Since its opening in 1952, Forrest General Hospital has pulled off a number of firsts and has made a name for itself in the Pine Belt for the quality of its care. The hospital has seen some momentous years, but a strong argument could be made that 2008 was the 512-bed hospital’s busiest and most ambitious.
Bill Oliver, CEO of Forrest General, said the hospital continues to adapt to the times. And, he added that 2009 might be every bit as busy as last year was.
“Our organization has been adapting to the changing economic times over the last couple of years with the uncertainty of Medicaid funding,” said Oliver. “This has helped us prepare for many of the economic challenges facing our nation today. Demand continues to grow in all of our service areas, including our heart and vascular, behavioral health, oncology, women and children’s, neurology and orthopedics, surgery, medicine and emergency/trauma service lines. This growth, along with the expertise of our excellent staff, makes me very confident that 2009 will be another strong year for our organization, which also contributes to the economic stability of our community.”
Some of the more important highlights for 2008 include:
• In March, the Mississippi State Department of Health approved a certificate of need from Forrest General to construct Highland Community Hospital in Picayune. A nearly $76-million project, Highland will be a 95-bed acute care facility located on Mississippi 11 that will replace the original hospital on Goodyear Boulevard that Forrest General purchased in 2006.
• In September, Forrest General entered into an agreement with Greene County Hospital in Leakesville under which Forrest General will accept Greene County’s patients needing higher care.
• Forrest General and the Forrest General Healthcare Foundation received a gift of land upon which the hospital plans to build the area’s first inpatient hospice home.
• In December, Forrest General launched Condition Help, or “Condition H,” designed to assist patients in case of an urgent medical concern.
Forrest General, indeed, shows no signs of slowing in 2009. Last month, Pine Grove Behavioral Health, a service of Forrest General, held a grand opening for its Outreach Office of Madison, which offers free and confidential assessments and referral sources to those in need of psychiatric or chemical dependency treatment.
Also last month, Forrest General cut the ribbon on its Wound Healing Center, another area first.
In bigger news yet, Forrest General completed an extensive renovation project to its Labor and Delivery area. Some four years in the making, the work included a new entrance and parking garage and new 36-bed Family Birthplace (2005 and 2006). The first phase of renovations to the Labor and Delivery area also began at this time, and wrapped up this past fall. The final phase completely renovated 12 rooms offering a modern décor, private showers, flat-screen TVs with DVD players, improved lighting and sleeper sofas.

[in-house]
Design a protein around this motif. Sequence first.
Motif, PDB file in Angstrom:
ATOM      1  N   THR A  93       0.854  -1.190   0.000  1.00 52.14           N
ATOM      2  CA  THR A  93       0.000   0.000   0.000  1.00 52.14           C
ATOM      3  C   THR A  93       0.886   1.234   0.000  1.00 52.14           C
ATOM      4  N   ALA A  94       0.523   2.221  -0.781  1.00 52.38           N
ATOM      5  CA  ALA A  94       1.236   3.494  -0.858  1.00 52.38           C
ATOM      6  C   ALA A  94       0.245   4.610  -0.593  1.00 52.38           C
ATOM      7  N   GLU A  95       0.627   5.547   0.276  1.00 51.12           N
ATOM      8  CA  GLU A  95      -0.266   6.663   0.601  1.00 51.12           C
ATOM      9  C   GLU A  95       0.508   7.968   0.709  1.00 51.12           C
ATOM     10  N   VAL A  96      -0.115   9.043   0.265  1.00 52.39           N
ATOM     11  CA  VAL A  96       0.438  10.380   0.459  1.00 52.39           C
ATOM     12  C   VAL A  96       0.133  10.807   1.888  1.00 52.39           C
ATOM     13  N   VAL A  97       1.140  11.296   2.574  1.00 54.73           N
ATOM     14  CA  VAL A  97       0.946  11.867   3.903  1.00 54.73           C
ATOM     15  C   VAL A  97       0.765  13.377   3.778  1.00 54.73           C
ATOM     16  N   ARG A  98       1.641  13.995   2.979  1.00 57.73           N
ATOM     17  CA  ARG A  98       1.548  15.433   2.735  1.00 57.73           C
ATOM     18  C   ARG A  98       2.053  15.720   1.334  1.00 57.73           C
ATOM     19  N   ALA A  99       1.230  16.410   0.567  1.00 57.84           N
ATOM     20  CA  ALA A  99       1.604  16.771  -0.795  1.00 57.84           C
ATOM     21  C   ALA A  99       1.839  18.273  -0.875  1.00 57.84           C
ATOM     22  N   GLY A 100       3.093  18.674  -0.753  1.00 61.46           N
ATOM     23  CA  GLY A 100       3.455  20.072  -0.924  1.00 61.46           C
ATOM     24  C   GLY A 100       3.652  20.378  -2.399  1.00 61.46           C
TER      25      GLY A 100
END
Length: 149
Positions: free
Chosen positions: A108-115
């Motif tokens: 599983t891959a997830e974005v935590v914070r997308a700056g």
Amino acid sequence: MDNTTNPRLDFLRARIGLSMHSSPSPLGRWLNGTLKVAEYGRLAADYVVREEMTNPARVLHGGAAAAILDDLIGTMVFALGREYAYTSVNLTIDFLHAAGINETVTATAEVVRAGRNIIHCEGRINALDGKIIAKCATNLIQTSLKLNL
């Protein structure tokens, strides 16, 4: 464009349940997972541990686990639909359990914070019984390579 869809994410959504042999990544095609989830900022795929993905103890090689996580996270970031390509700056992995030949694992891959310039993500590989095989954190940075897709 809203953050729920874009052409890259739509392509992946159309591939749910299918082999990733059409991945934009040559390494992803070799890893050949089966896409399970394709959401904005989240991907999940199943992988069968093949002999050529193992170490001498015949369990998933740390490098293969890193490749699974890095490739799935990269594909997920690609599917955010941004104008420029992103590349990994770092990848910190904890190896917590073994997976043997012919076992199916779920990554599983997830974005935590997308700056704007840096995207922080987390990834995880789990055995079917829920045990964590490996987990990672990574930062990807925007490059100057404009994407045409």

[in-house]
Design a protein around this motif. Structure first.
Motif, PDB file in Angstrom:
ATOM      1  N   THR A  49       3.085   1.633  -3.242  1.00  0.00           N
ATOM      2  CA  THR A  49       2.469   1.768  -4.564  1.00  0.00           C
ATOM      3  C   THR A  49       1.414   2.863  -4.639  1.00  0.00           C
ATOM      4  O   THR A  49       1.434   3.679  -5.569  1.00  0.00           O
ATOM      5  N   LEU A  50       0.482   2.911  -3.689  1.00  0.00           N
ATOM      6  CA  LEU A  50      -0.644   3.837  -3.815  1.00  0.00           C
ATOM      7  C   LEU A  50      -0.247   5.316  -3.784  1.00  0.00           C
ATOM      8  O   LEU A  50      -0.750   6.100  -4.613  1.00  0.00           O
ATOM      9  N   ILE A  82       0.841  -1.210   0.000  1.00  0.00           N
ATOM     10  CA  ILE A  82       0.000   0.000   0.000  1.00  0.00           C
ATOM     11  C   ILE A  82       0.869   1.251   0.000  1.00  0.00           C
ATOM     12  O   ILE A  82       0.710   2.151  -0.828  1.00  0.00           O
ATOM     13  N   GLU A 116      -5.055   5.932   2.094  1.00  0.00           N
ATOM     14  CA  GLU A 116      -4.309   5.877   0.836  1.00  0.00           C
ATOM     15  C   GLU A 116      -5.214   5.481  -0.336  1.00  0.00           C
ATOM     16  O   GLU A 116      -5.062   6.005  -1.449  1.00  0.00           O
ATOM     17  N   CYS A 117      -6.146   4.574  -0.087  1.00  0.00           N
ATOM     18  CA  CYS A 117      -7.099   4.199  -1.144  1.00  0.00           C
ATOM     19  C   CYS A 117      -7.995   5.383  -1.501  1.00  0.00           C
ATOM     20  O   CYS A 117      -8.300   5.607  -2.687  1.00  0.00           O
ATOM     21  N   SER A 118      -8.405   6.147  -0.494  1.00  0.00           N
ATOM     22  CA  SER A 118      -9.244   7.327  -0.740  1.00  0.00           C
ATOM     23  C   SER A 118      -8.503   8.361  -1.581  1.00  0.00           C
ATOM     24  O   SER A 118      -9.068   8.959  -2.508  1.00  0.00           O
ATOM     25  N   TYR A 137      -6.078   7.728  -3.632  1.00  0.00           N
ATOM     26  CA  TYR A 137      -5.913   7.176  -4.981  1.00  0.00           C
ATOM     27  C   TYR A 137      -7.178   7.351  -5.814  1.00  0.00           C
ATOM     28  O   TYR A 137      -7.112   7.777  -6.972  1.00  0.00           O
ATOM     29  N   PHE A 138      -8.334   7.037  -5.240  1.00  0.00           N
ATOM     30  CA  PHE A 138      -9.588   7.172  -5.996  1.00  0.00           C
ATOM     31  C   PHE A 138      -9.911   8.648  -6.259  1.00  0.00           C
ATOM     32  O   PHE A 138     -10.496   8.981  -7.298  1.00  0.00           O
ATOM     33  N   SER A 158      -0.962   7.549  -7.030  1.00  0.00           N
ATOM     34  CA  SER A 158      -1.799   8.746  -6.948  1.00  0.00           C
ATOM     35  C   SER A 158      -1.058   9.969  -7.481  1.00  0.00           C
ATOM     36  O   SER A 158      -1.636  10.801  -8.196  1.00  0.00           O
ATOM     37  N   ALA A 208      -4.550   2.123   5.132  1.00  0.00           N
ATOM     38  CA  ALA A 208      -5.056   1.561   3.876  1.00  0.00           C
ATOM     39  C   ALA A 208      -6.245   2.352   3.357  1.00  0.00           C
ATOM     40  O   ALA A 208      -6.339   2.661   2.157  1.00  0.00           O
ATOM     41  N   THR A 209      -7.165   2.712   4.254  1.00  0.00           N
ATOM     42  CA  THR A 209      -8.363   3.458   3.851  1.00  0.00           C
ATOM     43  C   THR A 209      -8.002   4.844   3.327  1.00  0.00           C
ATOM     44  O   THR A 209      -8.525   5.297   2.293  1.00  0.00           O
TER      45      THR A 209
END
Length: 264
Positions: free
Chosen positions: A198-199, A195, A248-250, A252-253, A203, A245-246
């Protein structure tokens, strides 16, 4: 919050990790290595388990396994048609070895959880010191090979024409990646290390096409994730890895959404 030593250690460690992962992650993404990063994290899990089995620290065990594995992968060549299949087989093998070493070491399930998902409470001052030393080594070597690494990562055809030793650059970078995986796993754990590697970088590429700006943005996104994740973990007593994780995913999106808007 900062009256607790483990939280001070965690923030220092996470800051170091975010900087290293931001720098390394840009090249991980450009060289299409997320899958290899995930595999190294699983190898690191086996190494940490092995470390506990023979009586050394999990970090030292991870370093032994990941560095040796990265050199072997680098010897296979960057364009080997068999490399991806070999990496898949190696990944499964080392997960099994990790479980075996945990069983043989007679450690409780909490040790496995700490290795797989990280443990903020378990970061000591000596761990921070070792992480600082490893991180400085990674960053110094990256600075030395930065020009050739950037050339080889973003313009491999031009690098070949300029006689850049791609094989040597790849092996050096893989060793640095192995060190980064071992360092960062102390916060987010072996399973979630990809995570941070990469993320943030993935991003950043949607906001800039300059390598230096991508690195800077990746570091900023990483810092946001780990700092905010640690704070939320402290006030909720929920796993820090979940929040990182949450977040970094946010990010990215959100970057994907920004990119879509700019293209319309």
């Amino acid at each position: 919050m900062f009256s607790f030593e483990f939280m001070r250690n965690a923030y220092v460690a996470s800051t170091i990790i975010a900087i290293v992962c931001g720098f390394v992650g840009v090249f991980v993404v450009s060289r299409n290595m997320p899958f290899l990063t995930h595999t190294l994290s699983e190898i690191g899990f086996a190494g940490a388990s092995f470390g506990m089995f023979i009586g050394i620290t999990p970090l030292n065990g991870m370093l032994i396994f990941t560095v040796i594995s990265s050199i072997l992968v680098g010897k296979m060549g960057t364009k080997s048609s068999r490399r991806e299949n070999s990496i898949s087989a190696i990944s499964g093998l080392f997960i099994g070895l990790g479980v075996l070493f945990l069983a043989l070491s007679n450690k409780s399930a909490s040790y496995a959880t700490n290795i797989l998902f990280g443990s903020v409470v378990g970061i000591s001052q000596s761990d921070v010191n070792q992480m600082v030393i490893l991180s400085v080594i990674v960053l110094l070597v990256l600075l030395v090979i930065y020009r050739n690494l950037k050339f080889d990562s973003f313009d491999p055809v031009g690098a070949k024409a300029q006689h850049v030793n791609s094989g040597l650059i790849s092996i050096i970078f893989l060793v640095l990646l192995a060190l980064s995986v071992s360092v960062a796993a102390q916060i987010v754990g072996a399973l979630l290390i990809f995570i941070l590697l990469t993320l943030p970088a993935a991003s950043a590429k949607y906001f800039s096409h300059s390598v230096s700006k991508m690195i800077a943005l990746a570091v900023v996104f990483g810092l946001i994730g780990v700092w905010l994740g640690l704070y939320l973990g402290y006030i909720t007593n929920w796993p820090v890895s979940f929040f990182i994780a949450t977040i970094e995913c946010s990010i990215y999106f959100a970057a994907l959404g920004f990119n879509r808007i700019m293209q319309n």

The hospital is now turning its attention to its Neonatal Intensive Care Unit (NICU). Demolition of the old unit is complete, and construction of the new NICU began in late 2008. The project is scheduled for conclusion at the end of this year, and babies born beginning in January 2010 will benefit from more space and heightened technology.
“With our new NICU, as well as the other wonderful innovations that have been completed in our Family Birthplace and Labor and Delivery unit, the hospital’s goal is to provide an environment that feels more like a home and is focused on family-centered care, while also including state-of-the-art design and technology,” said Tangela Boutwell, director of women’s and children’s services at Forrest General.
The growth of Forrest General has been impressive. When it opened in 1952, it offered a mere 90 beds, 70 employees and 31 doctors. Today counting more than 500 beds, the level II regional trauma hospital employs more than 3,600 workers and has 250-plus physicians.
Forrest General is actually more than just a hospital. It also operates Pine Grove and its 88 beds and the 24-bed rehabilitation unit called Rehab Resource, and houses Regency Hospital Company, a 33-bed long-term acute care facility.
In addition Forrest General offers all levels of care for critical access care hospitals in a 17-county service area.
Contact MBJ staff writer Wally Northway at firstname.lastname@example.org.
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